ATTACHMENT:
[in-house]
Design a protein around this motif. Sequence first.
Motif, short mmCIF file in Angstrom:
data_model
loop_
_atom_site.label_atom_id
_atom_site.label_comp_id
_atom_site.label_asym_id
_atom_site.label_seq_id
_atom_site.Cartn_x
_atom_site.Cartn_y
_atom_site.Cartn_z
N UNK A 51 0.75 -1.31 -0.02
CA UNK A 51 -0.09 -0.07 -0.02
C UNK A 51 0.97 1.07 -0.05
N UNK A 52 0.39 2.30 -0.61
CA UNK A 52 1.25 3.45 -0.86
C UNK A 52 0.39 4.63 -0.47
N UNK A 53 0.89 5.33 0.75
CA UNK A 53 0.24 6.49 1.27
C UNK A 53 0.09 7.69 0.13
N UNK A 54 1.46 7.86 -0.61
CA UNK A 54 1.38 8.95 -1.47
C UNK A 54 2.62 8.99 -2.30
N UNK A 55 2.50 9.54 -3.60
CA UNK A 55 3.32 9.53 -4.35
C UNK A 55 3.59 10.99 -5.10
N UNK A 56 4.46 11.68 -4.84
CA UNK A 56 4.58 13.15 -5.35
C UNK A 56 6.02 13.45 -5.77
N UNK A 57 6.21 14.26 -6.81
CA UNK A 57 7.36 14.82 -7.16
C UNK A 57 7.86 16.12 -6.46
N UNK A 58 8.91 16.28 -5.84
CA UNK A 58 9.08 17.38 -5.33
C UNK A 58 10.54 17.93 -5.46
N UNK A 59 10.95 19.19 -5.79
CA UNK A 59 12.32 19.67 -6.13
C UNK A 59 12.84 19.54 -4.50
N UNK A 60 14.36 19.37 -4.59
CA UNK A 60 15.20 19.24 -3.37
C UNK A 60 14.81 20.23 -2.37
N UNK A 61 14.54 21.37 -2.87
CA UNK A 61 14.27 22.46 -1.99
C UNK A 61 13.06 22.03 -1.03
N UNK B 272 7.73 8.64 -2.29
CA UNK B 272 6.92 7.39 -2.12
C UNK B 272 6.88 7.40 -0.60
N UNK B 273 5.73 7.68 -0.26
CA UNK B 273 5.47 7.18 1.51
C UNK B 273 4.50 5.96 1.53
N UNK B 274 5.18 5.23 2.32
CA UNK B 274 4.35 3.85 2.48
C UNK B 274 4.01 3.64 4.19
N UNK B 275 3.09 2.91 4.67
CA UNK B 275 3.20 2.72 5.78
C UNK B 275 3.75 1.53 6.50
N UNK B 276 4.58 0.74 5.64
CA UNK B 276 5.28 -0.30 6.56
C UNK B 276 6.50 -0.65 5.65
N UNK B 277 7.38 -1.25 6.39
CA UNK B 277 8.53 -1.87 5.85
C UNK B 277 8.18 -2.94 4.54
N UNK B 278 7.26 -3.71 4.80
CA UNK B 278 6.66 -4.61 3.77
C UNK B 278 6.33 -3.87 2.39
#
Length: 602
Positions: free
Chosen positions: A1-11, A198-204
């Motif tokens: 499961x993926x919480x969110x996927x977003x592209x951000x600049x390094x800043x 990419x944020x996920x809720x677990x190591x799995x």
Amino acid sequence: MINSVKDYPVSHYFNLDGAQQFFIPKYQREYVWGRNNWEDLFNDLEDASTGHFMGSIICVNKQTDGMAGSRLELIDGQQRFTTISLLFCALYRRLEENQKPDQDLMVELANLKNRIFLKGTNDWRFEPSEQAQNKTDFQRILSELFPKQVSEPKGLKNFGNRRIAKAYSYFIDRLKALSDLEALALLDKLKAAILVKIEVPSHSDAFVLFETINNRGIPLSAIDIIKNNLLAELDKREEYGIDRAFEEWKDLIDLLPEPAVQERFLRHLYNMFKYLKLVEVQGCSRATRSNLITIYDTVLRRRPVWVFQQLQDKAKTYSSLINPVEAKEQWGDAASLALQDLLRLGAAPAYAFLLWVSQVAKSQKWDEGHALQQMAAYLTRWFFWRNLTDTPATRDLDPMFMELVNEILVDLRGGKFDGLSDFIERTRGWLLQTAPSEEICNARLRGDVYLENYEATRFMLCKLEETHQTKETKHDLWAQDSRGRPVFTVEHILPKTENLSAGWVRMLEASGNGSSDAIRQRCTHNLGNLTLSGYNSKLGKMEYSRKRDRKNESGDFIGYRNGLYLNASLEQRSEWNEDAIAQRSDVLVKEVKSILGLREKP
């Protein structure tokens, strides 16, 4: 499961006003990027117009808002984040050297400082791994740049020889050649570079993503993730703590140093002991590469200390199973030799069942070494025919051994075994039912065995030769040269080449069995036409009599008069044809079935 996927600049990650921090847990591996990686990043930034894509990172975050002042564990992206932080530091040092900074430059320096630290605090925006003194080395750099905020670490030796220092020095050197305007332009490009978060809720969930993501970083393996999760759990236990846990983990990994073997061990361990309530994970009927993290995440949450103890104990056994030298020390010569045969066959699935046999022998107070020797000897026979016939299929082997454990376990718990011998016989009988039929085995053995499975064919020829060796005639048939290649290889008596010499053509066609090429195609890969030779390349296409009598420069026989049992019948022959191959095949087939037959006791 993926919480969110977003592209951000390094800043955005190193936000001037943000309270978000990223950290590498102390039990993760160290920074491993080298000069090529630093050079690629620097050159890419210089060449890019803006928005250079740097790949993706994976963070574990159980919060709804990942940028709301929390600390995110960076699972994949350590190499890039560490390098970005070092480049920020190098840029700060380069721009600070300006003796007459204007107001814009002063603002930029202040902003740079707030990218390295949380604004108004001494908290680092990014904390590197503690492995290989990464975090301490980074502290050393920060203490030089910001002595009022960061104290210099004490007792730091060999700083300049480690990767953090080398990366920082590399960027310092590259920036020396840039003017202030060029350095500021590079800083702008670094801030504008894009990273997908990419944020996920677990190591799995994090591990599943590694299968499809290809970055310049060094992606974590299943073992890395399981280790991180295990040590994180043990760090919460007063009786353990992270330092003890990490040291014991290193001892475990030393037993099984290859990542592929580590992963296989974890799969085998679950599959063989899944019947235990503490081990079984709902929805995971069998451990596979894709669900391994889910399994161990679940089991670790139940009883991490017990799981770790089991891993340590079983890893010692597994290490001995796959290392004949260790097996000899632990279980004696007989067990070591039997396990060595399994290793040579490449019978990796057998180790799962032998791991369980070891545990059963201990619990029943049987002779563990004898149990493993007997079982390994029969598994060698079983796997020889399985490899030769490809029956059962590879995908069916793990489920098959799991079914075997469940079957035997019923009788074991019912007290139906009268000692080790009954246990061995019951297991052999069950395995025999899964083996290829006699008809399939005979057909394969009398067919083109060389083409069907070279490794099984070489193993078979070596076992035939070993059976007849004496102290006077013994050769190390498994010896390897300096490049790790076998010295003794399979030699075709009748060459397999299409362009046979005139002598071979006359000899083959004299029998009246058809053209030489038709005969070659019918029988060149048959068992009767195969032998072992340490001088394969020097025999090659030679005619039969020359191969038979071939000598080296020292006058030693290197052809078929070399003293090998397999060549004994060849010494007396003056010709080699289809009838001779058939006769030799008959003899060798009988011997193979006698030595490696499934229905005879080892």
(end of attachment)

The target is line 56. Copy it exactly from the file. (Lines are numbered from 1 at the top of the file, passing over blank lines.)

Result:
CA UNK B 275 3.20 2.72 5.78